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CRE Market Update Q3 2020 – Has the CRE Market Stabilized?

Posted by Jeff Finn on Nov 16, 2020 8:00:00 AM

Based on research of Q3 2020 data, RealNex head of data and research Dr. Jeffrey Fisher presented his analysis and findings in a webinar last week. Dr. Fisher was joined in this quarter’s webinar by Terry Tallen, Chairman and CEO of Tallen Capital. Given his ownership of a diverse portfolio of retail assets, Terry was able to provide particular insight into real time activity in that sector.

At the macro level, markets improved considerably quarter over quarter. While returns had dropped -.75% in Q2, they recovered to a positive 1.0% in Q3. The question remains is the bounce a start of a V-shaped recovery or a short-term bounce reflective of the pent-up demand, return to work and PPP funding propping up the market. While too soon to tell, the move was positive and there was optimism among the audience that stabilization and improvement will continue.

The overall return was supported by a 2% gain in property values as tracked by the NCREIF Property Index (NPI). While NOI was off, the perception that the decline would be short lived resulted in a further drop in cap rates to buoy asset values.

Among core asset classes Industrial continues to strongest and retail the weakest. But the experts suggested to not count retail out. Over the long term, it had been a top performer in the 1980’s and once again in the 2000’s even after it was the laggard in 1990’s. Industrial and apartments had implied discount rates of 6.1% – 6.2%, while retail was at 6.9%. Cap rates continue to drop into the overall range of 4.5%, yet Baa bonds dropped even more resulting in an increased spread. Cap rates for Apartments dropped from 4.3% to 3.8% - perhaps an anomaly factored by a 9% drop in NOI and 2% drop in values. Once again, the notion that NOI declines would be temporary are reflected in these numbers.

Another positive sign was seen in rent growth. After a quarter negatives, all types were near the flat line. And NOI growth recovered sharply across the board, with retail reverting from a -30.45% quarter to a virtually flat -.68%. But not all retail is created equal as Terry Tallen pointed out. With necessity-based Grocery and Drug anchored community and neighborhood centers faring well and single tenant/power centers performing poorly. Standout winners included, Costco, Walmart, Target, CVS and drive through restaurants like In-and-Out Burger and Chik-Fil-A while losers included the likes of Health Clubs, Movie Theatres, and sit-down/buffet style restaurants among a host on bankrupt department stores, clothiers and general merchandisers. To weather the storm retail property owners have been active restructuring leases. Not only have these leases typically resulted in a constant economic value, terms have often been improved to increase long term asset value.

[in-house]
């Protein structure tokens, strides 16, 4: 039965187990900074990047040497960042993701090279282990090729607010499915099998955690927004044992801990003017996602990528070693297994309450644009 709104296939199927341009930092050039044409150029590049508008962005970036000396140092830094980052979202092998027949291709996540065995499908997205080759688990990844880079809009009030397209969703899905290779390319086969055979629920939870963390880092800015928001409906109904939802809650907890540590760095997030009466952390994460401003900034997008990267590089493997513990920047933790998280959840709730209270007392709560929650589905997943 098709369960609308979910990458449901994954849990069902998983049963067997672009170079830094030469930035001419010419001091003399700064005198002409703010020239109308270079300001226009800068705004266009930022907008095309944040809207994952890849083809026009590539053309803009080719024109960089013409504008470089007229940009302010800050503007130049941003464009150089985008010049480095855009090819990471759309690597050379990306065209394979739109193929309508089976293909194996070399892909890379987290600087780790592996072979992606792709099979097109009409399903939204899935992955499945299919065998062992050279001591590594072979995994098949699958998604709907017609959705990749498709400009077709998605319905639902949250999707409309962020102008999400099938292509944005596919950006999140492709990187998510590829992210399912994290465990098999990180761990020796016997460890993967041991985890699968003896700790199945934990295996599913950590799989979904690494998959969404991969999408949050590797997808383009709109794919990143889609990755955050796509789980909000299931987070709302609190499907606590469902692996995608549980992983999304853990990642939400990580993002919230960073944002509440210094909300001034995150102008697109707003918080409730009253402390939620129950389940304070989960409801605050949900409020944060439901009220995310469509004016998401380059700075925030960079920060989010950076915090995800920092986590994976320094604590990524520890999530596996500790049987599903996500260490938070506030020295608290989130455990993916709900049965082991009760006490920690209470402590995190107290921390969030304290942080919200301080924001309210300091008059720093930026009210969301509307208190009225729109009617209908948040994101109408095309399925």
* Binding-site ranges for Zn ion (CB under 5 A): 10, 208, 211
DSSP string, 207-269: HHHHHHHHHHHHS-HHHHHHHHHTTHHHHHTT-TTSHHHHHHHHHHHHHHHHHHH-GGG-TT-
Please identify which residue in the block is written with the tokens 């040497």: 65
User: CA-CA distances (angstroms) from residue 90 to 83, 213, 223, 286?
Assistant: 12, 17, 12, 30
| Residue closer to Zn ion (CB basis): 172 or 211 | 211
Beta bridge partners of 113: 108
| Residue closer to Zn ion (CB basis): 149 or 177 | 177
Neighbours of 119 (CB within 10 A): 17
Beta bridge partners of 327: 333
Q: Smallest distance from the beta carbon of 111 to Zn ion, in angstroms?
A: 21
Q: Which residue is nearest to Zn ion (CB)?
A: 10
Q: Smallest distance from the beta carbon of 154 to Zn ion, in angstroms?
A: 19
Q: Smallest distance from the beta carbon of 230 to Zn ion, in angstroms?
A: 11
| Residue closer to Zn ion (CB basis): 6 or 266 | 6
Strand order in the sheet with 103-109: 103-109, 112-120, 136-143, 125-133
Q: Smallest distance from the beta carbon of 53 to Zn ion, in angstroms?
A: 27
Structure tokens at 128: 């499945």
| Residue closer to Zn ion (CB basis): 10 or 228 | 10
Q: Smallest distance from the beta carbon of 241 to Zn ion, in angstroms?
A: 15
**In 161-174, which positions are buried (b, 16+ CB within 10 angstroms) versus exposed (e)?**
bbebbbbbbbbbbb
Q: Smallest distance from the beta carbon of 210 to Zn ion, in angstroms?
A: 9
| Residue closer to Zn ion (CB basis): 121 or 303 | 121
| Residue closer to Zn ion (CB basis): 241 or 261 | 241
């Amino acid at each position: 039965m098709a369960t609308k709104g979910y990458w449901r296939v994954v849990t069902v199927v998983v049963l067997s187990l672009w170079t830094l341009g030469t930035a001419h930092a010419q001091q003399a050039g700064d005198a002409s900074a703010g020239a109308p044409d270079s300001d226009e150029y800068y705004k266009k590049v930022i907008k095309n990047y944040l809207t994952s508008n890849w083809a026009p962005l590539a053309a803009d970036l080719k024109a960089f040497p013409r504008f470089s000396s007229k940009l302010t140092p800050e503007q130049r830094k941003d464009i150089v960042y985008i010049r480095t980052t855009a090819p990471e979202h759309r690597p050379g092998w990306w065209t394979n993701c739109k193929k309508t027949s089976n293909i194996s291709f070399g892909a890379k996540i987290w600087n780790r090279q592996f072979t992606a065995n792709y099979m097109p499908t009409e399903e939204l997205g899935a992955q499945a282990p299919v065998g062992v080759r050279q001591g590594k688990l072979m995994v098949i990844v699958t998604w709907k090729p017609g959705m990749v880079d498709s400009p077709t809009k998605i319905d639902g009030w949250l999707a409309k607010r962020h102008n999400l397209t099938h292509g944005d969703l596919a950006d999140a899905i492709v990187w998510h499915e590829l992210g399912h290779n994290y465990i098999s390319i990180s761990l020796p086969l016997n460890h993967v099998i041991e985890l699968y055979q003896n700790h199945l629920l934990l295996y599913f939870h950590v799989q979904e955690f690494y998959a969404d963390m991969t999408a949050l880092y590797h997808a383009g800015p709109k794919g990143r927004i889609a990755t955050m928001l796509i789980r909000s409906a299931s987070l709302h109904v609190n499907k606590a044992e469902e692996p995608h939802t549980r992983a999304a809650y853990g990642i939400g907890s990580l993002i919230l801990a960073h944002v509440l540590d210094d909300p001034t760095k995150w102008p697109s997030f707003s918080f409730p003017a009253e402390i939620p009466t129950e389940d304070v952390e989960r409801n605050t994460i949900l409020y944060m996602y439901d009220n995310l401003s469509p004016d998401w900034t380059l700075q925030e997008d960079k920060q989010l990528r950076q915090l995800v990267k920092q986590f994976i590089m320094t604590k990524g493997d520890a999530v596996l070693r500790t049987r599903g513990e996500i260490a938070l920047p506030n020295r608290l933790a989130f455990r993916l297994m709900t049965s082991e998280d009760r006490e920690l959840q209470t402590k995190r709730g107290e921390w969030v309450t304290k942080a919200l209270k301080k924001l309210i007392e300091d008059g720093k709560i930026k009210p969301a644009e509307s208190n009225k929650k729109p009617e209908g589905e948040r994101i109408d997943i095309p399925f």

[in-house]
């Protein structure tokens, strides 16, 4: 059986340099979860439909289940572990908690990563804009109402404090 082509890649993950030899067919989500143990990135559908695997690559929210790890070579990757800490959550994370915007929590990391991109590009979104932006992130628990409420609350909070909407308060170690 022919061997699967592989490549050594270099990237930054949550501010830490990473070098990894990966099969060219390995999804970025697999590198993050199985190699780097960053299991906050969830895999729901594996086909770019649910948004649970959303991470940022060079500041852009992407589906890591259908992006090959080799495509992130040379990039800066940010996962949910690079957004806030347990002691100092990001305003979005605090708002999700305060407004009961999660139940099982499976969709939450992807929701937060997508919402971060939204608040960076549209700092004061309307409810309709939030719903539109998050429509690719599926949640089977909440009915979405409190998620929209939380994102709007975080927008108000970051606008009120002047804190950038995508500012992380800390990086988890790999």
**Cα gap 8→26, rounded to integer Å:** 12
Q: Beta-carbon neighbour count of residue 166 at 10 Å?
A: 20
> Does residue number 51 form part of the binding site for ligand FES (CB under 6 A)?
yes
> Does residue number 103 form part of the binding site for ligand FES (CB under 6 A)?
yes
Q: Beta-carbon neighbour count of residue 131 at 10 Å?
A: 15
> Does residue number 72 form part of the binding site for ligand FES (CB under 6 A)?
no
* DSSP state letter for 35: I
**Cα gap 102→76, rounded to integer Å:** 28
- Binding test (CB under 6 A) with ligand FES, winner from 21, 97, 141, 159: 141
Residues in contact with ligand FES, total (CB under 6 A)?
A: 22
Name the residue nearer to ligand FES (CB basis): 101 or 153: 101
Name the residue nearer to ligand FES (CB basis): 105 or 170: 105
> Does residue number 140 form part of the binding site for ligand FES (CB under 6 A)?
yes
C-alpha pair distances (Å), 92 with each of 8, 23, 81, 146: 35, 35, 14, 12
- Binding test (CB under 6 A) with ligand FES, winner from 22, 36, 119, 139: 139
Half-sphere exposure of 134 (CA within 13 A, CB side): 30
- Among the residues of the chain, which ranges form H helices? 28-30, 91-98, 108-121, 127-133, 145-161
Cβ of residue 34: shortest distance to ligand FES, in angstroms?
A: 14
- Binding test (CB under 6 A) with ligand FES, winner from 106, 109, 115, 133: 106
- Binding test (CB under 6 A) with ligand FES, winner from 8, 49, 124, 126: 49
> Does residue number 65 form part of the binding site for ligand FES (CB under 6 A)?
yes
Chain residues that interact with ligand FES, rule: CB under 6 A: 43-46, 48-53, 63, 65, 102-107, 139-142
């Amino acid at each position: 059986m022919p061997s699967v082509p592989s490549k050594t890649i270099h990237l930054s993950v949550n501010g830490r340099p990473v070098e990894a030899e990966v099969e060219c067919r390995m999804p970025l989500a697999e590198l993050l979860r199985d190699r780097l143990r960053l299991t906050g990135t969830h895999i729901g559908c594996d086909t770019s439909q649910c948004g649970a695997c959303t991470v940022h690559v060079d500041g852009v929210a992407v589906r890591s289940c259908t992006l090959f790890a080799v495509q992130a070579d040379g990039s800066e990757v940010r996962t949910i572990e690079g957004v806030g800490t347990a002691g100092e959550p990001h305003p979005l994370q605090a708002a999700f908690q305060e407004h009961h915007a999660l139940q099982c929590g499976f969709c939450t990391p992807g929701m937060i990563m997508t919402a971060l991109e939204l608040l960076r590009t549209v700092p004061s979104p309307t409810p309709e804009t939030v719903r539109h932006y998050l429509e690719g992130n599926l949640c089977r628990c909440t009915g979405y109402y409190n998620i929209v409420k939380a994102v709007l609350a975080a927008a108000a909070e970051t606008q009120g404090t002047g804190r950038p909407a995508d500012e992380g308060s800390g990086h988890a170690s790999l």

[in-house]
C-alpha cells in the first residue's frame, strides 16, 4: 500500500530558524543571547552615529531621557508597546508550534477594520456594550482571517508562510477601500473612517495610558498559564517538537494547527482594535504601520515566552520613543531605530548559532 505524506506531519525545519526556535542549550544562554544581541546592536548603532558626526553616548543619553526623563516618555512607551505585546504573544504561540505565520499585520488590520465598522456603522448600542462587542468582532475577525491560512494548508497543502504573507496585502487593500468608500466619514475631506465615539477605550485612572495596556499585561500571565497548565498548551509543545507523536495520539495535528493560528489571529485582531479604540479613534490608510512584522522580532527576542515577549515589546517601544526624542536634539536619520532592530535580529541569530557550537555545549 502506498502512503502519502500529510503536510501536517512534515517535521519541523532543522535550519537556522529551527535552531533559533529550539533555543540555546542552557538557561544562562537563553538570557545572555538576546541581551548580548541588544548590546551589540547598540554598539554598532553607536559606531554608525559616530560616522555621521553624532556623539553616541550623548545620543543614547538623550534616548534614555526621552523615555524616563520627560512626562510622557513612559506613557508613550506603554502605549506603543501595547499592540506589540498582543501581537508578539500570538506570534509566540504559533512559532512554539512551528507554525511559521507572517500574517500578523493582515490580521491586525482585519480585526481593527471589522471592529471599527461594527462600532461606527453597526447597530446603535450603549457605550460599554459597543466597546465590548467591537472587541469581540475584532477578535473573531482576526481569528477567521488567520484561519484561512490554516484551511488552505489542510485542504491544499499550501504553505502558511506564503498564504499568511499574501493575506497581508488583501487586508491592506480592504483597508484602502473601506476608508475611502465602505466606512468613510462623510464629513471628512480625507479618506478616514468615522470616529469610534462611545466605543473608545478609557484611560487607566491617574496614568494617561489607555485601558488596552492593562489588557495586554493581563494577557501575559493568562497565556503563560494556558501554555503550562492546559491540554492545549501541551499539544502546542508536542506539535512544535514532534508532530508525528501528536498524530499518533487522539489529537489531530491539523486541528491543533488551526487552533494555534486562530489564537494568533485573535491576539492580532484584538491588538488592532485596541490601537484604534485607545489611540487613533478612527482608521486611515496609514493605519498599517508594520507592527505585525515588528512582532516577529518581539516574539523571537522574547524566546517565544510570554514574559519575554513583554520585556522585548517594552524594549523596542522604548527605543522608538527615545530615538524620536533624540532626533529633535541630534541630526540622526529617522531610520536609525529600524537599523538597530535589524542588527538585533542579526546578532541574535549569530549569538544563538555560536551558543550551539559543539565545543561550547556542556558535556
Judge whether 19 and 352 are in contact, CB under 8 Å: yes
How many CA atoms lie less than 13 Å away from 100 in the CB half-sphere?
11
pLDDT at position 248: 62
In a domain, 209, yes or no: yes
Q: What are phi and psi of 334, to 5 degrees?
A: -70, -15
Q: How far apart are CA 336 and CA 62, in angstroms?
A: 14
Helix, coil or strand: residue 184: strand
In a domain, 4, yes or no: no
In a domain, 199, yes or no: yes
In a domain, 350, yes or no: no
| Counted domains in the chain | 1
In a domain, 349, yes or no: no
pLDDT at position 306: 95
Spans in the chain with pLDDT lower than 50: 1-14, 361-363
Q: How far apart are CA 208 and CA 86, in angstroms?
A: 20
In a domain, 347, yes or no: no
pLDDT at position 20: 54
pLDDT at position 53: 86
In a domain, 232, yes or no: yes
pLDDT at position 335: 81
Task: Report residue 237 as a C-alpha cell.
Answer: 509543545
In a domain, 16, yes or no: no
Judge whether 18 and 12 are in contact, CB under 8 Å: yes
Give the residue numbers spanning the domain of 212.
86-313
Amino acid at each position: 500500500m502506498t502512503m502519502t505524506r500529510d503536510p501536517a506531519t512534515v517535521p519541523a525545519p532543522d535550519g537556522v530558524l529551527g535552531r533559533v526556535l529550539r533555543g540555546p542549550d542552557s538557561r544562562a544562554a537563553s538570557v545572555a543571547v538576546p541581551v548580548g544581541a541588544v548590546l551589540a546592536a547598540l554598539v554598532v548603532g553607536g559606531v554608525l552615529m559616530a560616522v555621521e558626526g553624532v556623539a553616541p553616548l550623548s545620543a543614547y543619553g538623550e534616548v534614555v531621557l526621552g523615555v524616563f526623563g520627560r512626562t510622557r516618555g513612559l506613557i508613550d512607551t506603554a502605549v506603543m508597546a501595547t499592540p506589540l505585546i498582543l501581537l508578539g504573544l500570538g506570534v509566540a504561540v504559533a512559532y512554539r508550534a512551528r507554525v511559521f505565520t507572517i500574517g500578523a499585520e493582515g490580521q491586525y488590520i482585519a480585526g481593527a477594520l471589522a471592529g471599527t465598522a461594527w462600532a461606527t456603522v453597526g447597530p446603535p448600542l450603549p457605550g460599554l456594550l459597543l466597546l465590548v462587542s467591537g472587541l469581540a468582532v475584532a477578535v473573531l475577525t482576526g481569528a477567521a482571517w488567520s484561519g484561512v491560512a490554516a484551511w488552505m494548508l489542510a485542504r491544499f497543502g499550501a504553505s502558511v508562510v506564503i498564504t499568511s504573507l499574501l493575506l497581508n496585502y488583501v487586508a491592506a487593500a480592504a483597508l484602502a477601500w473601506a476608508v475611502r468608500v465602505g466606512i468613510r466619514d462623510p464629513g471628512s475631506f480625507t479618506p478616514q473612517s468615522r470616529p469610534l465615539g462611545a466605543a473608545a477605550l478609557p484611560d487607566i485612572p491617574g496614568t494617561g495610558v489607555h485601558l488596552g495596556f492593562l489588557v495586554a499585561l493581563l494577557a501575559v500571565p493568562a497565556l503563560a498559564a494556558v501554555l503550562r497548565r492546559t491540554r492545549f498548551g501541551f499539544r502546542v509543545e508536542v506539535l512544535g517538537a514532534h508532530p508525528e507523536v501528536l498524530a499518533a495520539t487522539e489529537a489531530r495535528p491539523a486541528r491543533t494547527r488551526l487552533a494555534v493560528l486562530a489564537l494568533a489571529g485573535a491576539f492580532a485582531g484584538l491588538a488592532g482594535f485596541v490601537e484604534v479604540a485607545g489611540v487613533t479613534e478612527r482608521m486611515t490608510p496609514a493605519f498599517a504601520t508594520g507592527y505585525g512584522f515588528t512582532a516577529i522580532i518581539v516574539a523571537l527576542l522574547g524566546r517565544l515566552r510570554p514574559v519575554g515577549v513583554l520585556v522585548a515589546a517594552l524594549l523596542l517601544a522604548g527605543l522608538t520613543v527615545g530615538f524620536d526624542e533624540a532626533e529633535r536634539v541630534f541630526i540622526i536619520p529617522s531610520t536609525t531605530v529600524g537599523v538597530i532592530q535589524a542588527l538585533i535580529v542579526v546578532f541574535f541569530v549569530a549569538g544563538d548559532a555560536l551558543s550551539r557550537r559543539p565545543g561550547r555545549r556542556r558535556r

Transactional activity remains at rough level. Although after spiking down to just 30 trades in Q2 the pace picked up slightly 50 sales in Q3. Far off the recent peak of 300 but still better than the 2009 low of 25. With capital still flowing and ready to be deployed in the market, liquidity and activity is expected to continue the bounce back toward equilibrium.

Dr. Fisher summed up the findings as follows:

  • National returns turn positive
  • Primarily due to the continued strong performance of industrial warehouse
  • Retail continues to be worst performing sector – but returns up from last quarter
  • Transactions up slightly but still second lowest level since financial crisis
  • Less write-downs and more write-ups than last quarter
  • Cap rates and market values holding steady


In addition to his data, Dr. Fisher polled the audience along the way to gather their market-based perspective. Here are the results of those polls.


What will the annual NPI (institutional investor) unleveraged return be for the year 2020? (We are currently just slightly positive for the first three quarters.)

A. Below negative 1%


B. Negative 1% to 0%


C. 0% to 1%


D. 1% to 2%


E.  Above 2%



What do you think will be the change in market values during the next (4th) quarter?

A. Drop 1% or more


B. Drop between 0% and 1%


C. Increase between 0% and 1%


D. Increase more than 1%



What will cap rates be for the nation by the end of 2020?

A. Below 4%


B. 4% to 4.5%


C. 4.5% to 5%


D. Above 5%



What Property Sector do you think will perform best in 2021?

A. Apartment


B. Hotel


C. Industrial


D. Office


E. Retail



What do you think is the most likely direction of the market over the next 4 quarters?

A. Returns will turn negative again and values will decline


B. Returns and values will probably bounce around the current level


C. Returns will continue to increase, and values will rise


D. I have no idea!



Click the links to watch a replay of the presentation or access a copy of the presentation deck.

Topics: RealNex Webinar Series

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